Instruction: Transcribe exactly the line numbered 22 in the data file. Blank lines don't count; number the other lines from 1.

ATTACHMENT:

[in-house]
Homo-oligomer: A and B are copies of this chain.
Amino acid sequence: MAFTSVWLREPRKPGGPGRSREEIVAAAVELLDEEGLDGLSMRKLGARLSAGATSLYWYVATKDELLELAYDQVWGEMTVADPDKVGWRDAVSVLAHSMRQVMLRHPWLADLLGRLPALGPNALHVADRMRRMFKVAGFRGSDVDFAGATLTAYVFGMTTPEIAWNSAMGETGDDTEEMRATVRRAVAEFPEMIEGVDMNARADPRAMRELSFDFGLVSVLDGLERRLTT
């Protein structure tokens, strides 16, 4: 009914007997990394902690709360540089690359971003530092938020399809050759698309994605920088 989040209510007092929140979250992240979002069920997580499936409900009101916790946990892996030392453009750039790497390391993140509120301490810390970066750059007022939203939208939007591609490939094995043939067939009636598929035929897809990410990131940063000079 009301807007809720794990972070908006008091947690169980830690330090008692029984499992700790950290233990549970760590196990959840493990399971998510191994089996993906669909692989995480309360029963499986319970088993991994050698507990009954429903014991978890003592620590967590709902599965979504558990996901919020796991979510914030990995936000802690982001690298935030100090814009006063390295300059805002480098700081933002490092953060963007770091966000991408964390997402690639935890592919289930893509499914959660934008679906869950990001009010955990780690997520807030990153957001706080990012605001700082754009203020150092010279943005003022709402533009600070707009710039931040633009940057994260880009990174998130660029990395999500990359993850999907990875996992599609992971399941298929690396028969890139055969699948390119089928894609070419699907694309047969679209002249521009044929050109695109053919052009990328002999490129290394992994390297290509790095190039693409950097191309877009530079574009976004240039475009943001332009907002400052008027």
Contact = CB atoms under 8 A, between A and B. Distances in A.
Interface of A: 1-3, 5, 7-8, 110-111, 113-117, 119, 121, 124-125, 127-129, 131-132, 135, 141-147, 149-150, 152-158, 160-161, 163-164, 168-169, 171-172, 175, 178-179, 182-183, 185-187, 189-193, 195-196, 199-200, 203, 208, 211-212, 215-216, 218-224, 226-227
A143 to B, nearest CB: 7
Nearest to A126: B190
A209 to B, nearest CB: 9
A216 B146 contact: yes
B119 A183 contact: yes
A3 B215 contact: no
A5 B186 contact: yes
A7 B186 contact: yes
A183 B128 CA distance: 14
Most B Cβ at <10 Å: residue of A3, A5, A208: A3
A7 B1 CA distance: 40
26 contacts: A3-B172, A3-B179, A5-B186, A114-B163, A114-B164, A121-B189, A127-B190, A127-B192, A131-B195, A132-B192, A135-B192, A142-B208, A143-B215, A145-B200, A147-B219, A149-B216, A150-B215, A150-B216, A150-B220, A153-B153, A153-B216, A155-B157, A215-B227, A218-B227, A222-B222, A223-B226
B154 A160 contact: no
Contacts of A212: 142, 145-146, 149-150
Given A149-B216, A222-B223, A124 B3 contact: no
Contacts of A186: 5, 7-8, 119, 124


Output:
Contacts of A186: 5, 7-8, 119, 124